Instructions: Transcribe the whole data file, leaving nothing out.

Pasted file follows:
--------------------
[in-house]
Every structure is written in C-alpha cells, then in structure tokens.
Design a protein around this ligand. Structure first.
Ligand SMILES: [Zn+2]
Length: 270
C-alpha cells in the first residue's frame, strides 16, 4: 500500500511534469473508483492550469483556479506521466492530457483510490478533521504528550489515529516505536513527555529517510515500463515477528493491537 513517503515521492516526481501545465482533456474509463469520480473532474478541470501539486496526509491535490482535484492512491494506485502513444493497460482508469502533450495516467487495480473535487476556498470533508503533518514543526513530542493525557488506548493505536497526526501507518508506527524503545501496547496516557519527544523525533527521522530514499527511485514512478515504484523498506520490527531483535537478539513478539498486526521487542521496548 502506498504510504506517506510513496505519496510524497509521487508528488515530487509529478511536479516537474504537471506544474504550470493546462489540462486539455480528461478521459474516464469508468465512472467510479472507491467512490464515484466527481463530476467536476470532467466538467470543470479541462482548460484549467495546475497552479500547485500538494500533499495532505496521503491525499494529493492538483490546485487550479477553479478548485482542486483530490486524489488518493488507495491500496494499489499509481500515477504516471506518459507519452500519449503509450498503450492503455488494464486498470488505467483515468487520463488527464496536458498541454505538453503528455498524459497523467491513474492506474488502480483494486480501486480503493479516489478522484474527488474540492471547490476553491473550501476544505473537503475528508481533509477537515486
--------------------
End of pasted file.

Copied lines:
[in-house]
Every structure is written in C-alpha cells, then in structure tokens.
Design a protein around this ligand. Structure first.
Ligand SMILES: [Zn+2]
Length: 270
C-alpha cells in the first residue's frame, strides 16, 4: 500500500511534469473508483492550469483556479506521466492530457483510490478533521504528550489515529516505536513527555529517510515500463515477528493491537 513517503515521492516526481501545465482533456474509463469520480473532474478541470501539486496526509491535490482535484492512491494506485502513444493497460482508469502533450495516467487495480473535487476556498470533508503533518514543526513530542493525557488506548493505536497526526501507518508506527524503545501496547496516557519527544523525533527521522530514499527511485514512478515504484523498506520490527531483535537478539513478539498486526521487542521496548 502506498504510504506517506510513496505519496510524497509521487508528488515530487509529478511536479516537474504537471506544474504550470493546462489540462486539455480528461478521459474516464469508468465512472467510479472507491467512490464515484466527481463530476467536476470532467466538467470543470479541462482548460484549467495546475497552479500547485500538494500533499495532505496521503491525499494529493492538483490546485487550479477553479478548485482542486483530490486524489488518493488507495491500496494499489499509481500515477504516471506518459507519452500519449503509450498503450492503455488494464486498470488505467483515468487520463488527464496536458498541454505538453503528455498524459497523467491513474492506474488502480483494486480501486480503493479516489478522484474527488474540492471547490476553491473550501476544505473537503475528508481533509477537515486